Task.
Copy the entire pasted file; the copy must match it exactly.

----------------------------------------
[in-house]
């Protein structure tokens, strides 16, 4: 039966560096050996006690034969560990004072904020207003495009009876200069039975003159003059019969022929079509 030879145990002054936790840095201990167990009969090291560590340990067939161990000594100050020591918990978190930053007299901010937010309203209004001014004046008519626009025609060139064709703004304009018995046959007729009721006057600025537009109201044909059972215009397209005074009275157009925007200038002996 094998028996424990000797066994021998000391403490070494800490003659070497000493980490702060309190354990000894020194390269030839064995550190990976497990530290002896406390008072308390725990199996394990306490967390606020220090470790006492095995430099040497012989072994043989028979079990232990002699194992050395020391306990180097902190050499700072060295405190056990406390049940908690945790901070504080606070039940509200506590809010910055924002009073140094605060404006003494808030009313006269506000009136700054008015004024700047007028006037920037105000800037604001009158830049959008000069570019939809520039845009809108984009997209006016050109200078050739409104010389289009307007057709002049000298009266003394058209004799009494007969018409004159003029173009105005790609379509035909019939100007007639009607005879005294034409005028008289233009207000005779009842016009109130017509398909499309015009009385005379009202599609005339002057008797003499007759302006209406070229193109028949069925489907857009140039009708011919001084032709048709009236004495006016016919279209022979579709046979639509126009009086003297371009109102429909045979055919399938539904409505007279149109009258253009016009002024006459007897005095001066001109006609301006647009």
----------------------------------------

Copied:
[in-house]
């Protein structure tokens, strides 16, 4: 039966560096050996006690034969560990004072904020207003495009009876200069039975003159003059019969022929079509 030879145990002054936790840095201990167990009969090291560590340990067939161990000594100050020591918990978190930053007299901010937010309203209004001014004046008519626009025609060139064709703004304009018995046959007729009721006057600025537009109201044909059972215009397209005074009275157009925007200038002996 094998028996424990000797066994021998000391403490070494800490003659070497000493980490702060309190354990000894020194390269030839064995550190990976497990530290002896406390008072308390725990199996394990306490967390606020220090470790006492095995430099040497012989072994043989028979079990232990002699194992050395020391306990180097902190050499700072060295405190056990406390049940908690945790901070504080606070039940509200506590809010910055924002009073140094605060404006003494808030009313006269506000009136700054008015004024700047007028006037920037105000800037604001009158830049959008000069570019939809520039845009809108984009997209006016050109200078050739409104010389289009307007057709002049000298009266003394058209004799009494007969018409004159003029173009105005790609379509035909019939100007007639009607005879005294034409005028008289233009207000005779009842016009109130017509398909499309015009009385005379009202599609005339002057008797003499007759302006209406070229193109028949069925489907857009140039009708011919001084032709048709009236004495006016016919279209022979579709046979639509126009009086003297371009109102429909045979055919399938539904409505007279149109009258253009016009002024006459007897005095001066001109006609301006647009």